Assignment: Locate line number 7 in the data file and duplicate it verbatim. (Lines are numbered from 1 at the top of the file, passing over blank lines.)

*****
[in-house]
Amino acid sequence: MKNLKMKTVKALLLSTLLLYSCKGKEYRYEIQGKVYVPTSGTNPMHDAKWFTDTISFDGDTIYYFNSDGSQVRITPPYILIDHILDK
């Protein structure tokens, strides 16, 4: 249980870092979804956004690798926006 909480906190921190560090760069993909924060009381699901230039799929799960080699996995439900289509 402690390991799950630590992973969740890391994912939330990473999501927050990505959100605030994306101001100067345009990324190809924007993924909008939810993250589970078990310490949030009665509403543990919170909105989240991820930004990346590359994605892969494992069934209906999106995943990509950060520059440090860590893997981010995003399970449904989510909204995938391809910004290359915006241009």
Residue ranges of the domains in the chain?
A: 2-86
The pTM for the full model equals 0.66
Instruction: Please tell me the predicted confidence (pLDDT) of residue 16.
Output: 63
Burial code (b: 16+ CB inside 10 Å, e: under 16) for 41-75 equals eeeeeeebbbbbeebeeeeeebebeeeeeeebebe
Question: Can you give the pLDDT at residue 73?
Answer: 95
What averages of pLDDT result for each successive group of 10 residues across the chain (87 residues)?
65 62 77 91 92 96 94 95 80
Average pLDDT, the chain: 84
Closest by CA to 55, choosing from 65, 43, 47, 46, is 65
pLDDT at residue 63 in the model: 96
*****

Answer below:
Instruction: Please tell me the predicted confidence (pLDDT) of residue 16.